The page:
City officials, who I imagine were initially fairly bemused, quickly grew concerned. People were literally dancing until they died, with no reasonable explanation or cure. Once a person began to dance, he or she would not stop, not even when battling injury or exhaustion.

At a loss for an explanation, local leaders did the only thing they could think of.

They threw a giant party.

I’ve Got a Fever and the Only Prescription Is…

Faced with baffled physicians and an ailing populace, the leadership in Strasbourg decided that the only prescription for the dancing plague was more cowbell dancing.

To that end, the healthy citizens in Strasbourg constructed a huge stage and brought in professional dancers to inspire and intermingle with the sick. They even brought a band to provide music for the victims to dance to!.5

Unfortunately, none of these “cures” worked, and the dancers continued (sometimes dropping dead of strokes or heart attacks) until early September when the dancing plague began to disappear, just as quickly and mysteriously as it arrived.

Potential Causes

To this day, the dancing plague baffles scholars, who’ve never been able to figure out what was going on in Strasbourg and why.6 That being said, a number of possible causes have been thrown about over the years.

Let’s take a look at some of the most common.

Overheated Blood

The primary contemporary explanation for the dancing plague was that the victims suffered from something called “overheated blood.”7

Now, there’s not a really great explanation of what “overheated blood” actually means. From what I can tell based on the primary and secondary sources available, overheated blood was basically a euphemistic catchall for when someone was feeling a little different than the norm of sixteenth-century physical and emotional health standards.8 If you had a fever, you had overheated blood. If you decided to go buckwild at the local tavern, you had overheated blood. If you suddenly began dancing with no reasonable explanation, you had overheated blood.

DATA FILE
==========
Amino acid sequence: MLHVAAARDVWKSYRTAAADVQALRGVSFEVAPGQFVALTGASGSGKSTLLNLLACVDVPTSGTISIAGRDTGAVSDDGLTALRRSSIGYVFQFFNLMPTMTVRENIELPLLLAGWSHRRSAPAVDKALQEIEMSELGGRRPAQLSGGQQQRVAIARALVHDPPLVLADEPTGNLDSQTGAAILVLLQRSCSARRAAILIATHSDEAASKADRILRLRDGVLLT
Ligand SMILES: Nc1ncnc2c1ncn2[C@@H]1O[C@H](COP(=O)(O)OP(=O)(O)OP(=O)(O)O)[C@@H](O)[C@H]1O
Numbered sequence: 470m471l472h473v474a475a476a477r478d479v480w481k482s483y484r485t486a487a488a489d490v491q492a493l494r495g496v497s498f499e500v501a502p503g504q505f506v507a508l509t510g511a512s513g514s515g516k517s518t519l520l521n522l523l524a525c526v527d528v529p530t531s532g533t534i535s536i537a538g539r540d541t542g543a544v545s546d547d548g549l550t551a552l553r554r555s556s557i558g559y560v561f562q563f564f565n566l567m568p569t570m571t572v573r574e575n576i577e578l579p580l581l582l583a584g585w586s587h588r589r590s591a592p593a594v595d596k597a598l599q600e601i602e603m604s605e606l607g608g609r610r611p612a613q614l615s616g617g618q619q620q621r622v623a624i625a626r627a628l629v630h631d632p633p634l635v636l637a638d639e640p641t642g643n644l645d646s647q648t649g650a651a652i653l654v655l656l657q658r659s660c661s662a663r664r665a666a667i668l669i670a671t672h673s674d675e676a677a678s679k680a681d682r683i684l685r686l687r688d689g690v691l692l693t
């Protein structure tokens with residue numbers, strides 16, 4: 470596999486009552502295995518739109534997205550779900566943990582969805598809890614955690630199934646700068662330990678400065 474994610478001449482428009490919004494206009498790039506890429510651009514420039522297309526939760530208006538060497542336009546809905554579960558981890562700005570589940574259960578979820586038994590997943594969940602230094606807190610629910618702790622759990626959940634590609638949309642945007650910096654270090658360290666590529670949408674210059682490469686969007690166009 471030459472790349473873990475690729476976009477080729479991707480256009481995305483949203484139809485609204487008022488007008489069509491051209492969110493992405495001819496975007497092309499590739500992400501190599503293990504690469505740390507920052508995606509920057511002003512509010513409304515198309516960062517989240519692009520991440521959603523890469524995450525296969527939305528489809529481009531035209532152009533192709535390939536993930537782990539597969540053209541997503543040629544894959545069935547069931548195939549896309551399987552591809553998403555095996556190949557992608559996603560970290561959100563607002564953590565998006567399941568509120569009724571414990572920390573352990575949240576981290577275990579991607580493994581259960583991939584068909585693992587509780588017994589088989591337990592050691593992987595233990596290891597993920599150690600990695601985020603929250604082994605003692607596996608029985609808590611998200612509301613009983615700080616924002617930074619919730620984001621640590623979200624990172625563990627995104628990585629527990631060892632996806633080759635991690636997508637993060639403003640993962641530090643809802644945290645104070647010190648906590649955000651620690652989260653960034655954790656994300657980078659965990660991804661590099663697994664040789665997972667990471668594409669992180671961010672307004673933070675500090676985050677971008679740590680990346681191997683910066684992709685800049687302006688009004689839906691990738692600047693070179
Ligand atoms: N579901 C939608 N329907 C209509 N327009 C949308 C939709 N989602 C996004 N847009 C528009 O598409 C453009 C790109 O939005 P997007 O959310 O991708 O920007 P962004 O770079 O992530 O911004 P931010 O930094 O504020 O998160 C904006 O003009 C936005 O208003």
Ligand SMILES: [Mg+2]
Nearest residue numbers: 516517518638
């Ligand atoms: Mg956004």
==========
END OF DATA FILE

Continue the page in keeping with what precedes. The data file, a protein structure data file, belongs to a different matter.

The general “cure” for overheated blood was to get rid of it, in one way or another. Physicians would often “bleed” a patient to drain them of the offending juices, or, in the case of the dancing plague, prescribe a treatment that would get the blood out of the person’s system. That was the thinking behind building a stage and hiring a band: the dancers would be able to dance that overheated blood right out of their bodies.

Needless to say, it didn’t work.

The Curse of St. Vitus

“Don’t f*** with me.”

Another popular contemporary explanation for the dancing plague was that the dancers, their friends and their families had done something to piss off St. Vitus. Sixteenth century Europeans were a pious lot, and hard times were often traced back to moralistic failings on the part of the sufferers. The dancers in Strasbourg were thought to have offended Vitus, who was the patron saint of artists, dancers, and comedians.9

In the late Middle Ages, people in parts of the Holy Roman Empire often celebrated the feast of St. Vitus by dancing before his statue.10 It was thought that the citizens of Strasbourg had (albeit inadvertently) offended the martyr, leading to the onset of the dancing plague. In fact, after the whole hire-a-band-and-hope-for-the-best strategy didn’t pan out, victims of the disease were taken to a mountaintop to pray to St. Vitus for absolution.11 The plague did seem to die down after that trip, but scholars, for some reason, don’t seem to put much faith in this theory.

The Tarantallegra Curse

If you have been reading this article and saying to yourself, “Why, that sounds like the Tarantallegra curse!”, a.) we should be friends, and b.) I bet you’d really enjoy our Completely Unofficial & Definitely Unlicensed Boy Wizard Tours in NYC and San Francisco.

Personally, when I first heard about the dancing plague, I thought it sounded a lot like a wizard with a sick sense of humor on a power trip. As far as I can tell, though, there were no known Death Eaters in sixteenth-century Strasbourg.12